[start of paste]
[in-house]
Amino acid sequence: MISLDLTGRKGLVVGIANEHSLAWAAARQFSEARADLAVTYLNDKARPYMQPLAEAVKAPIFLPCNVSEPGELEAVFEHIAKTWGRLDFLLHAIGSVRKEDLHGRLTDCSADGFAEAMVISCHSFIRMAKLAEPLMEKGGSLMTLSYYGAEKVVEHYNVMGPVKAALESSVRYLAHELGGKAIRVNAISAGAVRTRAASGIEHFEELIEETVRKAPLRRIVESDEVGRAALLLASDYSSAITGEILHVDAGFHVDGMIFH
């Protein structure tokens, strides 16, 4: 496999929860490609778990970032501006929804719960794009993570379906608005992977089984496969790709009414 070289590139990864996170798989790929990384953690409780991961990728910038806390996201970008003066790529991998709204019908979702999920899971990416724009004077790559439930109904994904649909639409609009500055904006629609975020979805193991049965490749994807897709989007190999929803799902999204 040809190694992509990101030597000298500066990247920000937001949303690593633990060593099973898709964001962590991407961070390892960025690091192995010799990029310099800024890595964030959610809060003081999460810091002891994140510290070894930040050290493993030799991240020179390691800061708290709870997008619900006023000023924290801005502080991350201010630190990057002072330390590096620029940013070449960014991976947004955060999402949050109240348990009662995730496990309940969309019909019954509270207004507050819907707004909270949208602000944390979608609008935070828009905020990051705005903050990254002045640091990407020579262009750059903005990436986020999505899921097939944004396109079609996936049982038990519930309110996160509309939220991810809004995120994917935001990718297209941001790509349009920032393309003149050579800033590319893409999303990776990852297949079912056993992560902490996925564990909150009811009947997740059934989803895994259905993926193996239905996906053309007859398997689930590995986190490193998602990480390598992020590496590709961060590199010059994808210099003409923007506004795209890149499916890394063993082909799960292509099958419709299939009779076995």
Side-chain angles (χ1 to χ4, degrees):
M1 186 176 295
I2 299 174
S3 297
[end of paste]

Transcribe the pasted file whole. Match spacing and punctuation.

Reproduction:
[in-house]
Amino acid sequence: MISLDLTGRKGLVVGIANEHSLAWAAARQFSEARADLAVTYLNDKARPYMQPLAEAVKAPIFLPCNVSEPGELEAVFEHIAKTWGRLDFLLHAIGSVRKEDLHGRLTDCSADGFAEAMVISCHSFIRMAKLAEPLMEKGGSLMTLSYYGAEKVVEHYNVMGPVKAALESSVRYLAHELGGKAIRVNAISAGAVRTRAASGIEHFEELIEETVRKAPLRRIVESDEVGRAALLLASDYSSAITGEILHVDAGFHVDGMIFH
């Protein structure tokens, strides 16, 4: 496999929860490609778990970032501006929804719960794009993570379906608005992977089984496969790709009414 070289590139990864996170798989790929990384953690409780991961990728910038806390996201970008003066790529991998709204019908979702999920899971990416724009004077790559439930109904994904649909639409609009500055904006629609975020979805193991049965490749994807897709989007190999929803799902999204 040809190694992509990101030597000298500066990247920000937001949303690593633990060593099973898709964001962590991407961070390892960025690091192995010799990029310099800024890595964030959610809060003081999460810091002891994140510290070894930040050290493993030799991240020179390691800061708290709870997008619900006023000023924290801005502080991350201010630190990057002072330390590096620029940013070449960014991976947004955060999402949050109240348990009662995730496990309940969309019909019954509270207004507050819907707004909270949208602000944390979608609008935070828009905020990051705005903050990254002045640091990407020579262009750059903005990436986020999505899921097939944004396109079609996936049982038990519930309110996160509309939220991810809004995120994917935001990718297209941001790509349009920032393309003149050579800033590319893409999303990776990852297949079912056993992560902490996925564990909150009811009947997740059934989803895994259905993926193996239905996906053309007859398997689930590995986190490193998602990480390598992020590496590709961060590199010059994808210099003409923007506004795209890149499916890394063993082909799960292509099958419709299939009779076995």
Side-chain angles (χ1 to χ4, degrees):
M1 186 176 295
I2 299 174
S3 297